Attending the event, current District 6 Councilman Greg Brockhouse said he grew up near Old Highway 90. “I may be Brockhouse, but I’m half Arrocha, too,” he said, adding that he really came to appreciate the area’s value in San Antonio history while on the campaign trail in 2017.

“The name change … has been contentious for years. Every time I walked into a restaurant, I heard about it,” he said. “A lot of cons, a few folks who were for, but a lot of people telling me they want to change it back. … When I came into office, I was asked to look into it, so what I’m doing is [asking] does the street have cultural history, cultural value, and that should have been determined years ago.”

Councilman Greg Brockhouse (D6) hugs Diana Ivanez at an event on Enrique M. Barrera Parkway, formerly known as Old Highway 90.

Bonnie Arbittier / Rivard Report

Councilman Greg Brockhouse (D6) hugs Diana Ivanez at an event on Enrique M. Barrera Parkway, formerly known as Old Highway 90.

Brockhouse said the event, postponed from December due to inclement weather, is the kind of gathering he would have hosted had he been representing the district several years ago.

“I can’t be any more clear that I am not going to be making the decision,” Brockhouse said. “Ultimately, what we’ll probably do is have some sort of vote, election process, and let it be a community-driven decision, which is how I think it should have been handled a long time ago.”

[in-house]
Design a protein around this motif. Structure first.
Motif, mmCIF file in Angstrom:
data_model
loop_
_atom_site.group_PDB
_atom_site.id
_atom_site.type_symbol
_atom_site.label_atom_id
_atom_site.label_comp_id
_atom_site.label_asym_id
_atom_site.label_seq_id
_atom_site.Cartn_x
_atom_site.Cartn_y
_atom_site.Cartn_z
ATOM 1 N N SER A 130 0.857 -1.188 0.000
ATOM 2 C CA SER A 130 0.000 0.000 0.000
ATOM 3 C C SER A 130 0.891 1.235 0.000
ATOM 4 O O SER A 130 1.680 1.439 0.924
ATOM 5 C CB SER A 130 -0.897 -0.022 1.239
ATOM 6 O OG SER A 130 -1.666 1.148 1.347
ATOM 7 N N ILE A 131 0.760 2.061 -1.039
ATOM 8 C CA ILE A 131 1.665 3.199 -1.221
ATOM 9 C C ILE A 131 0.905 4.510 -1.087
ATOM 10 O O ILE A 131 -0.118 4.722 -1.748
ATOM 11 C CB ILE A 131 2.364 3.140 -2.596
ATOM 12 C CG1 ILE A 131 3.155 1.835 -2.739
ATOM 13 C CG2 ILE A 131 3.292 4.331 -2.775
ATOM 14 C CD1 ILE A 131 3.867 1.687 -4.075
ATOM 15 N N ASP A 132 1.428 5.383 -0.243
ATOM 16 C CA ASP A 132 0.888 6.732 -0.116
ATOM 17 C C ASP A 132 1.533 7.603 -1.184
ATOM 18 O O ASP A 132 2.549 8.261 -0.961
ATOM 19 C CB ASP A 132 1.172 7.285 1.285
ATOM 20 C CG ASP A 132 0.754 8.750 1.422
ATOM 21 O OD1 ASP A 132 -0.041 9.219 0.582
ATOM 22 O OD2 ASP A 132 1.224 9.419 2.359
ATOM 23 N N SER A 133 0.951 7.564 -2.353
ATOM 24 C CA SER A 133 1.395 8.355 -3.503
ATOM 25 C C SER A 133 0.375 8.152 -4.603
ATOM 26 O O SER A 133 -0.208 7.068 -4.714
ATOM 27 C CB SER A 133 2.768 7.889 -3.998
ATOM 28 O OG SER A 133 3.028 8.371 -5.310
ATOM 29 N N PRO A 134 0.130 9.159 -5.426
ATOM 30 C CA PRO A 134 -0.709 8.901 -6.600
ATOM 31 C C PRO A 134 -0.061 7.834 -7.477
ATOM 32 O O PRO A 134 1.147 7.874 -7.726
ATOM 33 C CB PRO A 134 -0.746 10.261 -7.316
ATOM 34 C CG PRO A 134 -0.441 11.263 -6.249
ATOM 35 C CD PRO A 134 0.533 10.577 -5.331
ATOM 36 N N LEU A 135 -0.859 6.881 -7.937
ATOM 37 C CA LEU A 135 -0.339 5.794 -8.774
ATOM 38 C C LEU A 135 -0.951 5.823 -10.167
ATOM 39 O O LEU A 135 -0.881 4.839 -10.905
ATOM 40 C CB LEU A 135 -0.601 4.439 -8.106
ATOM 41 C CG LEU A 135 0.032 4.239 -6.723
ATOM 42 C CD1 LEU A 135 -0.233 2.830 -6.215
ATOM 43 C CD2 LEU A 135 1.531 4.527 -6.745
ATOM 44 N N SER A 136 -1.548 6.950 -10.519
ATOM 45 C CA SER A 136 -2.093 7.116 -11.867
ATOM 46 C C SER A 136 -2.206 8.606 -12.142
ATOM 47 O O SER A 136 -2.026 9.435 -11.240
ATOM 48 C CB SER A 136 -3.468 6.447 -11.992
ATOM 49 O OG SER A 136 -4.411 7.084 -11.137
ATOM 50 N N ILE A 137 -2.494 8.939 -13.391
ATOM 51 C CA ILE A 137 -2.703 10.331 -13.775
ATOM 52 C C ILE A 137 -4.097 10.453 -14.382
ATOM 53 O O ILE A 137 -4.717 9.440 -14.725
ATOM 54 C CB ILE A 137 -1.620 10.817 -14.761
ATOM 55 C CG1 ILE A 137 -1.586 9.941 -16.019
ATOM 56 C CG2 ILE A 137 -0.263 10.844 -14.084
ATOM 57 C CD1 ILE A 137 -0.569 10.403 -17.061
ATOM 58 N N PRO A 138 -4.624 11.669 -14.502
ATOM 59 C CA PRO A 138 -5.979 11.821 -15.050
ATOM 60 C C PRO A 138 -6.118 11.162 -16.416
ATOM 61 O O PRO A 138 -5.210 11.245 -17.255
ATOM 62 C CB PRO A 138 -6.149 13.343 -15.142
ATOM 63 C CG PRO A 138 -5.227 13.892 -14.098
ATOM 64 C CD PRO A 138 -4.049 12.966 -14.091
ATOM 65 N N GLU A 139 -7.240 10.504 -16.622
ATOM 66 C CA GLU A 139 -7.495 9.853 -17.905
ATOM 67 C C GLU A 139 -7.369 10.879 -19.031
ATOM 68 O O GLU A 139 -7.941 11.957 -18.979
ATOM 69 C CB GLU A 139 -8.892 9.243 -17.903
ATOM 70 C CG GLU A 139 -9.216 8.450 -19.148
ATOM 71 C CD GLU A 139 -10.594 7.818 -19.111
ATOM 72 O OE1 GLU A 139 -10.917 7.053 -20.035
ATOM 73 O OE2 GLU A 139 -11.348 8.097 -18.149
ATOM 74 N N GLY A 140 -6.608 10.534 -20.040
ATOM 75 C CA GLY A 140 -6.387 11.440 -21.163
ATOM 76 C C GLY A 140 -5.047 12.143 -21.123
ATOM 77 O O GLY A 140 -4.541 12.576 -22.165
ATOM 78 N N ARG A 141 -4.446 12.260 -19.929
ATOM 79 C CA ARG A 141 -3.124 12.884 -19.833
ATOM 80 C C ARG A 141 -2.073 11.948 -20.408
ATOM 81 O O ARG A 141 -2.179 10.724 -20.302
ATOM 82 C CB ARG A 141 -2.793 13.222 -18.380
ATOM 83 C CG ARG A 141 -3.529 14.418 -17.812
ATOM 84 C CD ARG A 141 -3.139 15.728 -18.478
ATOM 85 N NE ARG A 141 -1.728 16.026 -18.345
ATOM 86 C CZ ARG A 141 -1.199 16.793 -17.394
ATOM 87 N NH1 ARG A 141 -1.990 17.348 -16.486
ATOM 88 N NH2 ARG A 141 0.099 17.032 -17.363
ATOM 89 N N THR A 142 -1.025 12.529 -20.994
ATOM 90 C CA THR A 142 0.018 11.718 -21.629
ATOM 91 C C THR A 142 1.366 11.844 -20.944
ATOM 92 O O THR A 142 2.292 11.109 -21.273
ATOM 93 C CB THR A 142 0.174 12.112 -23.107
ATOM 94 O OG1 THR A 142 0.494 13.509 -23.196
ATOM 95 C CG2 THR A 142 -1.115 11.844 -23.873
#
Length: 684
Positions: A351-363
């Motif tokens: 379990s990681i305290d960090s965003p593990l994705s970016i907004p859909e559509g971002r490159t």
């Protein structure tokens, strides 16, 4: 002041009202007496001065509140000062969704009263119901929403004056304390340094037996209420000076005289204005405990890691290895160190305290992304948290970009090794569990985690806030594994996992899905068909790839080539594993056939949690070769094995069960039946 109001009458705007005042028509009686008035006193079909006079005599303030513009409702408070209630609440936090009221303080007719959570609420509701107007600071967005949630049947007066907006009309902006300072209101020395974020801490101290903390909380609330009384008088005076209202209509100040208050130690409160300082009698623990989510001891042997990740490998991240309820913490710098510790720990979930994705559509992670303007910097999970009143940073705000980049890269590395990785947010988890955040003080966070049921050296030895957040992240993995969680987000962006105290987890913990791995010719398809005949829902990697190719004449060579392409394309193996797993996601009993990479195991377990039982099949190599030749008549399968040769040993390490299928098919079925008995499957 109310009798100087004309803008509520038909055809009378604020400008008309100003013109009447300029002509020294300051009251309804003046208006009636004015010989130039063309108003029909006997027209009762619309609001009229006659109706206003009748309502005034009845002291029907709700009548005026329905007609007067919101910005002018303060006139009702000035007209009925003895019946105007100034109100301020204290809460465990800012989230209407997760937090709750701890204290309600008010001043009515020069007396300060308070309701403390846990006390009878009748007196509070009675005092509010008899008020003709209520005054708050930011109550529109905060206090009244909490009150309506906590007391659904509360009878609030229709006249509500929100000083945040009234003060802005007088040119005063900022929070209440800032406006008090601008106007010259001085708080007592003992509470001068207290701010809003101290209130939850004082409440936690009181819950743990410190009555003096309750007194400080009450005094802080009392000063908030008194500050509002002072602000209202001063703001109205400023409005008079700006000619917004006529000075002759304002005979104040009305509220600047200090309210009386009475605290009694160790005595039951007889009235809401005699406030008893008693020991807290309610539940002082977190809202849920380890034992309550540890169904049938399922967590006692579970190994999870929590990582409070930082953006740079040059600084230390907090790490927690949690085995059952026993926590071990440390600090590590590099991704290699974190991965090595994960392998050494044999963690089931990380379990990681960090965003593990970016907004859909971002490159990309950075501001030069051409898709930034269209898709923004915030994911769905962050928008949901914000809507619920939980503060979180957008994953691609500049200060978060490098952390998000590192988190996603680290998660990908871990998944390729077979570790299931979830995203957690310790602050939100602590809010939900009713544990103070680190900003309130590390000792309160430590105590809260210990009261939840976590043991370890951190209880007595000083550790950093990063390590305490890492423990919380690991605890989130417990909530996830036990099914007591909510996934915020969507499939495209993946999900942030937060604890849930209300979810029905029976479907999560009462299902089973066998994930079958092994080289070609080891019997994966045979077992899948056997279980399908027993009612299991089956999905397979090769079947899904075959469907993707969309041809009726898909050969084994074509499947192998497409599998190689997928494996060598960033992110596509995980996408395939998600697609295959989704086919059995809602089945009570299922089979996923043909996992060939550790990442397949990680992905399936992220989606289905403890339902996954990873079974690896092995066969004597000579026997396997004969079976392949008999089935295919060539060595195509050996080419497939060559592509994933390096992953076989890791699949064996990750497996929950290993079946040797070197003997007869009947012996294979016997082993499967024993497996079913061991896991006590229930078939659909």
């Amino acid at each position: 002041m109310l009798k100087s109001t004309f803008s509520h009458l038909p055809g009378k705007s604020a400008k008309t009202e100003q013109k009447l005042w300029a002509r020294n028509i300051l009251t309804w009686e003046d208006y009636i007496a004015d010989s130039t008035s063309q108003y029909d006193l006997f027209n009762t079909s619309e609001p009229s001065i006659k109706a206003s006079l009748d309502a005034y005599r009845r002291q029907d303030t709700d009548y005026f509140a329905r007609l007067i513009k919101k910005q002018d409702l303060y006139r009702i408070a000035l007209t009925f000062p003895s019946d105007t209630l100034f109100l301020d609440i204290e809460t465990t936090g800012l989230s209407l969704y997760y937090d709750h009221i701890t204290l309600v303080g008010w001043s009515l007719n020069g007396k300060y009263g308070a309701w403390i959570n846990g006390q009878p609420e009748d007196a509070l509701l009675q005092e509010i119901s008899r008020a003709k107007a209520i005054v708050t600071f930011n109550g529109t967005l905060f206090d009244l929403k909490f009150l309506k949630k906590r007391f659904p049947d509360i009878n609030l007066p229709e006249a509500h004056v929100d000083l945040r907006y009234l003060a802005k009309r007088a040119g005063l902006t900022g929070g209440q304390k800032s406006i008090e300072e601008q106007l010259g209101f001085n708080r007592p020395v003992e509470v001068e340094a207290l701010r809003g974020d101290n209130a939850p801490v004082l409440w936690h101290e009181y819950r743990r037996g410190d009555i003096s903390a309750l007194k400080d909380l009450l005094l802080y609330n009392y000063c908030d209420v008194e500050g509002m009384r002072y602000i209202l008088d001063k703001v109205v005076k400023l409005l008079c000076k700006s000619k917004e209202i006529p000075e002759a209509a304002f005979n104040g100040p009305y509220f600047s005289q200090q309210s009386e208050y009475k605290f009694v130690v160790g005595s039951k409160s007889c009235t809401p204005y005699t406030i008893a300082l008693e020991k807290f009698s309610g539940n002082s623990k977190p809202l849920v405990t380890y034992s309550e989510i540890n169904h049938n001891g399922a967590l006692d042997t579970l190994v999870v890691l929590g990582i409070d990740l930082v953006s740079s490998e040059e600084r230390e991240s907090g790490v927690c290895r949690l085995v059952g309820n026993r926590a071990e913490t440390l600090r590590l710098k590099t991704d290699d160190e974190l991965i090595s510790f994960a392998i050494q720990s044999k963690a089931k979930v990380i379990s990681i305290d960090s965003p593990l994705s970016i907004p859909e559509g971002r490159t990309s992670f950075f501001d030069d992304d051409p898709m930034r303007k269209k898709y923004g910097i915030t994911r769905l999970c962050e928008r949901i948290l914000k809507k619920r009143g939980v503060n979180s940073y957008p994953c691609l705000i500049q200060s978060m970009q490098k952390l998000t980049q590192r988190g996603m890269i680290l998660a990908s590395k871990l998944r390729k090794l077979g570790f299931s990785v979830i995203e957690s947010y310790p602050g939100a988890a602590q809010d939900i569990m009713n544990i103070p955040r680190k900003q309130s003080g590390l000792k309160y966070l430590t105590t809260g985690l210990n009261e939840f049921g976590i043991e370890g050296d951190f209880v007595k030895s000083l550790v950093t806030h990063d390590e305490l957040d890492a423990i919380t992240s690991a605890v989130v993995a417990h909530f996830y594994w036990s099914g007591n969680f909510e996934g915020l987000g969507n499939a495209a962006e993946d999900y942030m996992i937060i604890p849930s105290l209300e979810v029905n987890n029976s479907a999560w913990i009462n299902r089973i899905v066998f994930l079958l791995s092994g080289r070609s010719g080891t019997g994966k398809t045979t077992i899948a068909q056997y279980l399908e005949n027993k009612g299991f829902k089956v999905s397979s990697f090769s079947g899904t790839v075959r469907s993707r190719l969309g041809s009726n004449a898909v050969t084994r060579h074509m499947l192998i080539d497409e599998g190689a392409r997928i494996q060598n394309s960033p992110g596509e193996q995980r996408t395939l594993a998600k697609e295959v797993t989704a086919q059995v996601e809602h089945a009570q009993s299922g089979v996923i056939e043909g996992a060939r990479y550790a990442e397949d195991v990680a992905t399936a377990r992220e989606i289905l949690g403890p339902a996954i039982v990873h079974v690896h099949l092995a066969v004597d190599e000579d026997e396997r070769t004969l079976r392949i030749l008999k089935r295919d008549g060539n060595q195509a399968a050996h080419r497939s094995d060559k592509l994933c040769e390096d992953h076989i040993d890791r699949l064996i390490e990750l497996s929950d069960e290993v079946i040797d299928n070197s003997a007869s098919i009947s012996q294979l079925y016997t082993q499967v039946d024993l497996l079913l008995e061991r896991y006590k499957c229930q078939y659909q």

But on this chilly, yet sun-drenched Saturday, traffic going east on Old Highway 90 slowed at Del Bravo Records. Some made way for the dozens of classic cars spilling out of the parking lot there. Some stopped for tacos coming off a pit outside, and to stroll through ART//CRAFT, a portable art gallery created from a shipping container.

Others warmly greeted old friends and neighbors and listened to the familiar rhythms of Tejano.

Julio Buelna (left), River City Classics Car Club member, laughs as his daughter Luna Buelna, 7, sits in his 1963 Cadillac in front of Del Bravo Record Shop.

Bonnie Arbittier / Rivard Report

Julio Buelna (left), River City Classics Car Club member, laughs as his daughter Luna Buelna, 7, sits in his 1963 Cadillac in front of Del Bravo Record Shop.

“Today, this event is just remembering Old Highway 90,” Gutierrez said. “Now we have a new councilperson for District 6. There’s hope now … that we can put the name back to where it’s supposed to be.”

3 thoughts on “Old Highway 90 Event Celebrates Westside History, But Not Name Change

  1. I attended this event and shared my memories. Old HWY 90 is full of small businesses and a sense of community. Lopez’s parting gift was a proposal that street name changes must wait 5 years for consideration. Never should have been changed.

  2. This was a wonderful event. This area of Old Hwy 90 really represents a true “community”. Generational family businesses line the streets. The business owners or their family members are who you meet inside. This historical area needs it’s name back to preserve the Community!

  3. Old Hwy 90 is much more than just a street name, it is the lifeline of many generational family owned whose businesses identities coincide with this historic street name. The impacted community overwhelmingly opposed the name change from day one. CM Lopez whose #1 job is to represent the people of his D6 community, not only failed them but chose to acquire support for corporate companies who were at the same time seeking his support. Signatures gathered from more than 115 business owners located on Old Hwy 90 opposing the name change fell on deaf ears. We received the unanimous approval of the Planning Commisin to get the name back . We need to right this wrong, and bring back the historic name of Old Hwy 90